X-Men's villain, or more specifically the foe of Charles Xavier is Magneto. This is Magneto's story of what events shaped him in his childhood. He grew up as a Jew in Germany during the thirties and forties. Magneto (or Max as his birth name is given) witnesses the slow constriction on the Jewish population within Germany and the surrounding countries. He sees firsthand how the Third Reich is taking everything from them, one thing at a time. Their belongings, their livelihood, their friends and families and even their identities. This is a horrific situation most of us can not even begin to imagine or understand. Greg Pak puts us in the midst of it all in as accurate a portrayal as is possible where we can get a glimmer of these authorities during this period of history. Carmine Di Giandomenico puts forth the artwork, completing the story wonderfully with emotion-filled visuals.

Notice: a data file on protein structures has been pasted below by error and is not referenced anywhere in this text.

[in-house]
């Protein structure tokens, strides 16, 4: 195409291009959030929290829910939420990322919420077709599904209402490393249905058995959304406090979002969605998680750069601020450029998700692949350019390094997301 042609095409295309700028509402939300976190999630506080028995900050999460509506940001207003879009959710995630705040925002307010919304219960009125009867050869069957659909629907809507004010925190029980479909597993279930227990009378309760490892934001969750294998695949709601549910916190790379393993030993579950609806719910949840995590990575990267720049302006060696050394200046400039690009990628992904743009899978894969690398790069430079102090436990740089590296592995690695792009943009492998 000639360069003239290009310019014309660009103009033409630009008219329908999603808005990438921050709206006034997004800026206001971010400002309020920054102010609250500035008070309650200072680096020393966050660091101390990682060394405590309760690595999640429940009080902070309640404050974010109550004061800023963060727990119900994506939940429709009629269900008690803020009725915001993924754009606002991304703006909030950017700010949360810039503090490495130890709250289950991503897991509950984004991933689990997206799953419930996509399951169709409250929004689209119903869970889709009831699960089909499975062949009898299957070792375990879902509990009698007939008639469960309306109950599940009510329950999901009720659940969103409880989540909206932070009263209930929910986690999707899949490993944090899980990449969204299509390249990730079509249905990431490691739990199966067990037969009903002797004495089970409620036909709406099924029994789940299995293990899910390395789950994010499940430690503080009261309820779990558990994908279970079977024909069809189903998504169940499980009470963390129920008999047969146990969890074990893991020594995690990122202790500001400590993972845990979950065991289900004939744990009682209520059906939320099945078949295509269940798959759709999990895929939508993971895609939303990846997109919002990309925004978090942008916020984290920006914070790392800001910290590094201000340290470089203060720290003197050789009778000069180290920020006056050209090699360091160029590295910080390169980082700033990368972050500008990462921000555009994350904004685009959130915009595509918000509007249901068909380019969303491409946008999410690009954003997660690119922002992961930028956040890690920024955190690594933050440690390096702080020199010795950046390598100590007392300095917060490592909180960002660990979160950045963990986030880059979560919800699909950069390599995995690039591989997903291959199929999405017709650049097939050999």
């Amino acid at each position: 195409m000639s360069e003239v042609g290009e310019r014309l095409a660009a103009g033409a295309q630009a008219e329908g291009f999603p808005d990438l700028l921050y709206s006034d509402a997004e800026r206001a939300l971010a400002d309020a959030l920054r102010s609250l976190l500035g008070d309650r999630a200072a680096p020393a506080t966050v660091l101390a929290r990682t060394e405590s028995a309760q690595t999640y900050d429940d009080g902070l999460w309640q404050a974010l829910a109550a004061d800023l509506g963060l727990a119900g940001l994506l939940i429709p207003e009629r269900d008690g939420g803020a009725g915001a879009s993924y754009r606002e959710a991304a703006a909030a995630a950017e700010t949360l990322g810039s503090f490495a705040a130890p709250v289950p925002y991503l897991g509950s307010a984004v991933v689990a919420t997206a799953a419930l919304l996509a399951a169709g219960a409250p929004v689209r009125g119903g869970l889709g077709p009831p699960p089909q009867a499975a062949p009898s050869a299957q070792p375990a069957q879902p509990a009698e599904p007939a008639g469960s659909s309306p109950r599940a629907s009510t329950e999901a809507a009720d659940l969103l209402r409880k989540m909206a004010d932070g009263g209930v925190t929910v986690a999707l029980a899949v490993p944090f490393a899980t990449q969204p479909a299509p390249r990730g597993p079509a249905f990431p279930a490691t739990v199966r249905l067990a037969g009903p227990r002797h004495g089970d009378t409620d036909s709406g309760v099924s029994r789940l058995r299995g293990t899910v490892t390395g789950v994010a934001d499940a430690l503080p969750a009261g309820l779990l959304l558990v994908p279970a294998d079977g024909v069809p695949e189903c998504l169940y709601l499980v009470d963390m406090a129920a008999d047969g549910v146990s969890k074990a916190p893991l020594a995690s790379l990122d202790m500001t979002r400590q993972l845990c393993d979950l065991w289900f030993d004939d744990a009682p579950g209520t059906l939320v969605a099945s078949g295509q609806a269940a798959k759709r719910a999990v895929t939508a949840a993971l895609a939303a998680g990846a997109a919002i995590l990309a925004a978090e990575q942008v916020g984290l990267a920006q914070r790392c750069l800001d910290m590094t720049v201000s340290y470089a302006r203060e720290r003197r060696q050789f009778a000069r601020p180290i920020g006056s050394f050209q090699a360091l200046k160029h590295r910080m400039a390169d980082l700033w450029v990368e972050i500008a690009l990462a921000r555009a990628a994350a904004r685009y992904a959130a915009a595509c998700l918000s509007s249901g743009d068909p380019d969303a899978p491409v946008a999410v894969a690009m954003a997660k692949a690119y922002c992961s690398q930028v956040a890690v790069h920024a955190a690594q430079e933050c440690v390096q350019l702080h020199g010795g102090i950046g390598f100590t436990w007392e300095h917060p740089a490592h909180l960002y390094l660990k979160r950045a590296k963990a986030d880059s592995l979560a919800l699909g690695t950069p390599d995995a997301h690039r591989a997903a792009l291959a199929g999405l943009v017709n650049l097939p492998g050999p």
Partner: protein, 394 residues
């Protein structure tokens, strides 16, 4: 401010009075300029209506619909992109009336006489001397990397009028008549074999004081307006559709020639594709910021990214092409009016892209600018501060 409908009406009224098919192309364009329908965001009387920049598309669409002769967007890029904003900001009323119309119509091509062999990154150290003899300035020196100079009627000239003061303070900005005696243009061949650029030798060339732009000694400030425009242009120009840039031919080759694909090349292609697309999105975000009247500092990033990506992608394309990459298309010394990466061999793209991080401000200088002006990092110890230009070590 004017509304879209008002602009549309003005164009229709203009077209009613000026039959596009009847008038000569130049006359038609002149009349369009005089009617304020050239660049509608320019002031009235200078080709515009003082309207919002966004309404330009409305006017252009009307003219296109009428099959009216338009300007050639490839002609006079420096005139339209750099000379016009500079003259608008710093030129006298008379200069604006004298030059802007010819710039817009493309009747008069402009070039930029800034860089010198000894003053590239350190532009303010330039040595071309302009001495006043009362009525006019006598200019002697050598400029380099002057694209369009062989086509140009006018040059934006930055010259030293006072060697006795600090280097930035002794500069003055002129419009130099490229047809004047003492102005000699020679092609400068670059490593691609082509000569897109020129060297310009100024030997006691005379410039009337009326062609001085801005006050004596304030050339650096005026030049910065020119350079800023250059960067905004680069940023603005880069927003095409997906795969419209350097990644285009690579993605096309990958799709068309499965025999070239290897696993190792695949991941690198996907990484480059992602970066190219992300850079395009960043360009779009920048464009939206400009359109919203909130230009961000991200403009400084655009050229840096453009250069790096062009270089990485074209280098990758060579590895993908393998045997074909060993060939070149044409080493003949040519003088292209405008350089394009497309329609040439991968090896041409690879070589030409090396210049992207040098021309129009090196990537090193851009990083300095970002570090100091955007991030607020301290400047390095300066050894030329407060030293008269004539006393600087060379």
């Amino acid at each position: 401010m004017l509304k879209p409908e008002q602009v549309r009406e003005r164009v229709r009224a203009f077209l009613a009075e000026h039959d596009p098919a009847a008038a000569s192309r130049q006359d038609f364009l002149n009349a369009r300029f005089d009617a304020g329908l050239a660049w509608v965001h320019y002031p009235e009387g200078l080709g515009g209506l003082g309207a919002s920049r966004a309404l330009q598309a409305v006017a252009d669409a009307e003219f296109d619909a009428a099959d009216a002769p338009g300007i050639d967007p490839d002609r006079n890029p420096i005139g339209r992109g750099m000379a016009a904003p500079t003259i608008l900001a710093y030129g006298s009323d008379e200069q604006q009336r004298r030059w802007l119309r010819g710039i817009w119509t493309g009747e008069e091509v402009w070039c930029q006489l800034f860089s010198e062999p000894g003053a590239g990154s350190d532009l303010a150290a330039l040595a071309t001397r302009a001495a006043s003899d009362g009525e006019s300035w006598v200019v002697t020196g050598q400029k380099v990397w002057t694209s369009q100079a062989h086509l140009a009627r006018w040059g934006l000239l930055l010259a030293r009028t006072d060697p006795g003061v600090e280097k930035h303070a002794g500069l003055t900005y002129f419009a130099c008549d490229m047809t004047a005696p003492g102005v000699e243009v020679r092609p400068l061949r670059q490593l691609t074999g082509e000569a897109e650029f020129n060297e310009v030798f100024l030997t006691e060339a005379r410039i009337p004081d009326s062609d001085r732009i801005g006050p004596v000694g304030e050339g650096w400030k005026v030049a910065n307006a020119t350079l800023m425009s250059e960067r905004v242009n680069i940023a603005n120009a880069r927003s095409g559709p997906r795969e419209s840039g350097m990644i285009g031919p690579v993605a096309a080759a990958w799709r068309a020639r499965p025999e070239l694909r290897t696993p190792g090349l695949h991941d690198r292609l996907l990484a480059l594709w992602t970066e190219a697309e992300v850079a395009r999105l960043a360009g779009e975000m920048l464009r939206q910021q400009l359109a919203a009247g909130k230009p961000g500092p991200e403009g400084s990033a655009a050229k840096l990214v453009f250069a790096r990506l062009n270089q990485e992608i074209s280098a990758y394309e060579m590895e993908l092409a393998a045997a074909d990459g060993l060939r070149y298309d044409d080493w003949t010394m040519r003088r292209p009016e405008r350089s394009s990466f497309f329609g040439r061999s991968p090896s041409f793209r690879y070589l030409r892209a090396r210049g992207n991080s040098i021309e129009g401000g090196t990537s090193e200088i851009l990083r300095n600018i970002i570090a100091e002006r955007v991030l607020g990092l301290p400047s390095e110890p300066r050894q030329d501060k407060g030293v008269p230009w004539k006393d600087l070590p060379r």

This story of which I've read the first three issues of five, has my mind and heart racing. I look at my friends and family and think about what would happen should the same thing occur here. One particular event of note is the 1936 Olympics in Berlin. The Nazi Government removed the "Jews not welcome" signs just before the games began and promptly replaced them upon the completion of the last ceremony. I think to Beijing where they did a similar thing with their ban on cars to try and clean up their air for the games, only to recede the ban the second after the torch has gone out. History does indeed repeat itself to some degree. Governments and their propaganda never seem to change. This brief scene does show the darker side of humanity as Jesse Owens devastates Germany's best athletes in the Olympic Track and Field Events and then goes on to show how some of the German citizens take out their anger and frustration.

This story has been done with respect and does a service to those who have endured what no one should be subjected. I give deep thanks for my life and put into perspective my problems. It is remarkable that three comic books can evoke so many thoughts and emotions. The next two should be just as well done.